The method according to the invention involves the use of a mercury stripper which may be in the form of a column packed with structural packings or the like. The mercury-containing condensate or water is charged to the stripper in the form of a spray while a stripping gas is introduced near the bottom of the stripper. The stripping gas, which includes mercury from the condensate or water, is withdrawn from the top of the stripper while the stripped condensate or water is drawn from the bottom thereof. After such removal from the stripper, the gas is treated by an adsorber or scrubbing system to remove the mercury therefrom.
The figure is a schematic illustration of a system for removing mercury from water or hydrocarbon condensate.
An effective method for removing mercury from water, hydrocarbon condensate or other substantially liquid substance is provided.
Referring to the drawing, the mercury-contaminated liquid is introduced near the top of a stripper 10 in the form of a spray or mist. A stripping gas is introduced near the bottom of the stripper. The stripper includes a first outlet 12 at or near the bottom thereof and a second outlet 14 at or near the top. A packing 16 made from structural packing material or the like is provided to increase the exposure of the liquid to the stripping gas. The stripper itself may be in the form of a cylindrical column or tower as shown in the drawing.
The stripping gas flows through the stripper and removes mercury as mercury vapor from the condensate or water. The cleaned product is drawn from the bottom outlet 12 of the stripper while the mercury-containing gas exits through the top outlet 14 thereof. The residence time of the water or condensate within the stripper is up to about thirty minutes, with one to ten minutes being the preferred range. The liquid superfacial velocity is 1-200 gpm/ft2, (gallons per minute per squre foot of cross sectional surface area) and preferably about 5-50 gpm/ft2. Gas superfacial velocity is between 50-5,000 cubic feet per minute per square foot, and preferably 300-1,000 ft.3 /m/ft.2. If condensate is treated, the pressure within the stripper is between about 0-1,000 psi, and preferably 0-500 psi. The general and preferred pressure ranges for water are 0-500 and 0-100 psi, respectively.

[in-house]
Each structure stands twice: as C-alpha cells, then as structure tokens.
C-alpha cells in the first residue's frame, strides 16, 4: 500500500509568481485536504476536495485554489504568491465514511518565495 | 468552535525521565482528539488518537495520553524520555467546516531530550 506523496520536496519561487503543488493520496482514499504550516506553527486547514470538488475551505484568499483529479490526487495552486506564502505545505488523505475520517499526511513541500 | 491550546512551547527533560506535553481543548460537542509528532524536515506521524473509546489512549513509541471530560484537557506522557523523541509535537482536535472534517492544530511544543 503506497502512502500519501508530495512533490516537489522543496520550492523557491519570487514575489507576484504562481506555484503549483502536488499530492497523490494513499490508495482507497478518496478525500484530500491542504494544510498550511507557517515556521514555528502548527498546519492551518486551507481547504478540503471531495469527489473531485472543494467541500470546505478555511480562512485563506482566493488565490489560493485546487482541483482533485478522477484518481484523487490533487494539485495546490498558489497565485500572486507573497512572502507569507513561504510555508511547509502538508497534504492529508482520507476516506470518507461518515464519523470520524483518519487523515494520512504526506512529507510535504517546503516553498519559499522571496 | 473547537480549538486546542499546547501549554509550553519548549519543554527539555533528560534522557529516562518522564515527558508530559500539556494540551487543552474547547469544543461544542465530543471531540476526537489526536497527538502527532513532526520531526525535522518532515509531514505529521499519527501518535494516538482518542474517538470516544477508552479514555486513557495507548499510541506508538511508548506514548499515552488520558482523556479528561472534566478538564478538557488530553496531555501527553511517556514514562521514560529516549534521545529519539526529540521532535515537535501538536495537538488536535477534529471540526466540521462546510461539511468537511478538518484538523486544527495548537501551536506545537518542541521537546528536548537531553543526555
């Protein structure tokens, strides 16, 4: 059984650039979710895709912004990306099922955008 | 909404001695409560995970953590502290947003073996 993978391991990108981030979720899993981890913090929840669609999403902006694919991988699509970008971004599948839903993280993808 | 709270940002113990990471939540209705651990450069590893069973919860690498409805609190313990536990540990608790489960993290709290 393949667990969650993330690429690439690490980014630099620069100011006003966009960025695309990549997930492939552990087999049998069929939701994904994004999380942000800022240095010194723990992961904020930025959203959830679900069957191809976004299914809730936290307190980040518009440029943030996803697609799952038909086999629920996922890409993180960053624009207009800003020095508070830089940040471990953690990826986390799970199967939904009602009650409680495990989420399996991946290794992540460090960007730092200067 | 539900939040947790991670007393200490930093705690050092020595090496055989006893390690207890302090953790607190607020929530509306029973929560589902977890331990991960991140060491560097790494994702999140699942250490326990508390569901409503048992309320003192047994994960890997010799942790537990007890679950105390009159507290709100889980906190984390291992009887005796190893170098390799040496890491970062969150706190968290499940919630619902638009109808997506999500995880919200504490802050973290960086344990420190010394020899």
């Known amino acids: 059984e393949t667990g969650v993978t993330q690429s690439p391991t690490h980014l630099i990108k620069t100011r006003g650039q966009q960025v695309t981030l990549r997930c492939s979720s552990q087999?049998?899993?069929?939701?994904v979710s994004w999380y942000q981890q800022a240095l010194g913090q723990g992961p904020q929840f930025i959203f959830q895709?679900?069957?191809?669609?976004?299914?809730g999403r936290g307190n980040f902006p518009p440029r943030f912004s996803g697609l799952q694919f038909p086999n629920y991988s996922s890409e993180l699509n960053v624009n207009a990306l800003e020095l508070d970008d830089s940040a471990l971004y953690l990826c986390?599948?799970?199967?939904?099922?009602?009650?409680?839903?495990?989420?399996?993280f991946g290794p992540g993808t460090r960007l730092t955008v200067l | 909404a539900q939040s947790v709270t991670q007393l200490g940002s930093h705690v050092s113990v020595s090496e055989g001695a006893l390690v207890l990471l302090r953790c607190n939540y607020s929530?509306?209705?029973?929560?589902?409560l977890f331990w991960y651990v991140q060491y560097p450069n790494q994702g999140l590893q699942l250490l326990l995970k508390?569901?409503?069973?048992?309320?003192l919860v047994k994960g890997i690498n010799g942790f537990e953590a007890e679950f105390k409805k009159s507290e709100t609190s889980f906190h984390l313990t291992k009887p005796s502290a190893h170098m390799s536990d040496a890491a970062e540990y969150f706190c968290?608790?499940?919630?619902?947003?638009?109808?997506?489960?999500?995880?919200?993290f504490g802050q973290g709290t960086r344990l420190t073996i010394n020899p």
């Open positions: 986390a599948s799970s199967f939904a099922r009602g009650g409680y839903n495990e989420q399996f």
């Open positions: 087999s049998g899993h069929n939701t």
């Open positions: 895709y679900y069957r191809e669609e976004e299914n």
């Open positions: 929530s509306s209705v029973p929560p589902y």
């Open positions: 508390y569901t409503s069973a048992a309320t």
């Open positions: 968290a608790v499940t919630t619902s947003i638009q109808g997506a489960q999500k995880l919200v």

The stripping operation is conducted at a temperature of at least 200° F where condensate is being treated. Higher temperature ranges are preferred, such as 300-500° F, so that light hydrocarbons are also removed. Upon mercury removal, the vapor can be condensed to recover the light hydrocarbons. Less stripping gas is required at higher operating temperatures. The operating temperature for water should be about 50-200° F.
The stripping gas utilized in the process may be any of a number of gases including, for example, air, N2, CO2, H2, or natural gas. Natural gas is preferred for the removal of mercury from hydrocarbon condensate because of its availability and due to the fact that it may be recovered as the product subsequent to purification. Air is preferred for treating water.
A mercury adsorber or a scrubber 18 is used to treat the stripping gas after it exits the stripper 10. The adsorber may include a fixed bed of active solid adsorbents such as sulfur/carbon, Ag/carbon, Ag/A12 03, CuS/A12 0 3, CuS/carbon, FeS/A12 03, FeS/carbon or Bi/A12 03. The adsorber should be sufficiently large to remove ninety percent of the mercury from the stripping gas. Typical superfacial gas velocity through the bed should be between 0.1-50ft./sec. and preferably one half to ten feet per second. Depending upon the nature and activity of the adsorbent, the temperature should be maintained at 50-400° F.